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Gardening

DIARY OF A FIRST TIME FLOWER FARMER Paul Stickland, Black Shed Flowers

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here’s no doubt that the stars of the Black Shed flower farm at the moment are the dahlias. That dahlias are enjoying a comeback goes without saying, but what triggered it I wonder? It started a few years back and shows no sign of abating. Some of my earliest memories are of lying under what were then towering dahlias in my mother’s Surrey garden. I can remember lurid, yellow, cactus-style forms and even now recall comparing them to the wonderful rubber bathing hats that my grandmother used to wear. There’s a fashion waiting to return! Dahlias are native to central and northern South America and the tubers were used by the indigenous peoples as a starchy food crop, although this use has died out. An early attempt to introduce them into Europe as a vegetable did not meet with much success. Some tubers have a refreshing fennel or anise smell and it was this that tempted us to try them last year. We dug up and split all our dahlias last November and, as a result, ended up with an enormous quantity of spare tubers. So we tried cooking them. Thinking that they might behave like potatoes, we had to decide how to cook them - should we boil, mash or roast them? Perhaps a Dahlia Gratin or Dauphinoise? In the end we roasted them. They took a while to soften, rather a long while in fact! When eventually they yielded to the touch, someone had to try them… me. Interesting texture, perhaps a bit fibrous but the taste! Oh dear, that’s not something I’ll forget in a hurry. Perhaps we chose the wrong variety. We chose the bride’s delight, the creamy and ethereal Café au Lait. For many people this is one of the ultimate dahlias - but not for those with a culinary bent! The Cafés have been very late this year, I’m sure they’re sulking! There are approximately forty species of Dahlia but very few of them look anything like the Dahlias of our gardens. Most of the species have single flowers for a start and range in size from the diminutive to true giants such 68 | Sherborne Times | September 2018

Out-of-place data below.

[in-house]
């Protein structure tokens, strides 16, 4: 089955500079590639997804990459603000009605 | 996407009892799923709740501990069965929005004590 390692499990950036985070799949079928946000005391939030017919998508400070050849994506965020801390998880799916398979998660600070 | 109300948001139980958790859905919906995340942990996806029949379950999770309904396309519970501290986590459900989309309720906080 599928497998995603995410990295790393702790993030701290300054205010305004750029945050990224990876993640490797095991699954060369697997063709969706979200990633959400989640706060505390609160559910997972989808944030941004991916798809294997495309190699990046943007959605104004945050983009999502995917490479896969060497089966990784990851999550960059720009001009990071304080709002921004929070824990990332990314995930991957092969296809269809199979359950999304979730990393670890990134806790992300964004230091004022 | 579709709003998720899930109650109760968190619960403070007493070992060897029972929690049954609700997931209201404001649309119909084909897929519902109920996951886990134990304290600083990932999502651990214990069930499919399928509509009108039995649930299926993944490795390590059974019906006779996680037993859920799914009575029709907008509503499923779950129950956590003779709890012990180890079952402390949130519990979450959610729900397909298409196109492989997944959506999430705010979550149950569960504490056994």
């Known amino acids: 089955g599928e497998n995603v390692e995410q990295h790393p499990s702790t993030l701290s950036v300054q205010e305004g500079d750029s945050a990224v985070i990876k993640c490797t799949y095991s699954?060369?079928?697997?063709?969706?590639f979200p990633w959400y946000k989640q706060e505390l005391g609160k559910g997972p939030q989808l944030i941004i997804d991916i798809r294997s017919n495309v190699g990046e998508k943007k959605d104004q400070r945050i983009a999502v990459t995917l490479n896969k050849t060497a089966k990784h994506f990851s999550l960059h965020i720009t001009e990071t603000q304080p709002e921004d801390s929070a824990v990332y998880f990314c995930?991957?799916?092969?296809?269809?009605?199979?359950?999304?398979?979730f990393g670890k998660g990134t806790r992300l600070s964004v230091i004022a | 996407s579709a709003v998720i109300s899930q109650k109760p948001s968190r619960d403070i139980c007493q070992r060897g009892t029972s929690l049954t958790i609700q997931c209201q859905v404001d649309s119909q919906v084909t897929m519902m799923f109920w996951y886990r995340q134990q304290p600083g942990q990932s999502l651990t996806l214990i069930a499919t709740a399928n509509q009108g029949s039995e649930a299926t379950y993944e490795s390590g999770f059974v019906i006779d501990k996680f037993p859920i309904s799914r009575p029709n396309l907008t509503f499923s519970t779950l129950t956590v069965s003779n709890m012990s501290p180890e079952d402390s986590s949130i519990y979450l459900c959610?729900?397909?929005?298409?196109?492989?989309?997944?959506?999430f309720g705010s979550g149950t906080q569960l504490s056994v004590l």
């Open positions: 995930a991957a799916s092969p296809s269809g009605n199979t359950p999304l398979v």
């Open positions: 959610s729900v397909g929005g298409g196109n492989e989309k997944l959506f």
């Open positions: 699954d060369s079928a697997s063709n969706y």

as the orange Dahlia coccinea at well over 2 metres, and the truly vast Dahlia imperialis, which attains tree status in the very mildest parts of the country but which rarely flowers in the UK. There are no true doubles in nature, the first ones appeared quite soon as a cross between two species. These have been further bred by legions of dedicated growers in the last couple of centuries, sometimes in the gardens of stately homes but more often on the allotments of keen amateur growers the length and breadth of this country. Dahlias are often thought of as rather vulgar and showy but in recent years, breeders have concentrated on creating garden-worthy forms, far from the gangly show-bench specimens of yore. Plants such as the handsome dark-leaved and orange-flowered David Howard and its near relation the flaming scarlet Bishop of Llandaff are worthy border plants for a hotthemed bed. We’re not seeking this quality though;

Profile for Sherborne Times

Sherborne Times September 2018  

Featuring Emma Morris of The Paddock Project, What's On, Family, Shopping Guide, Wild Dorset, Family, Art, History, Interiors, Antiques, Gar...

Sherborne Times September 2018  

Featuring Emma Morris of The Paddock Project, What's On, Family, Shopping Guide, Wild Dorset, Family, Art, History, Interiors, Antiques, Gar...

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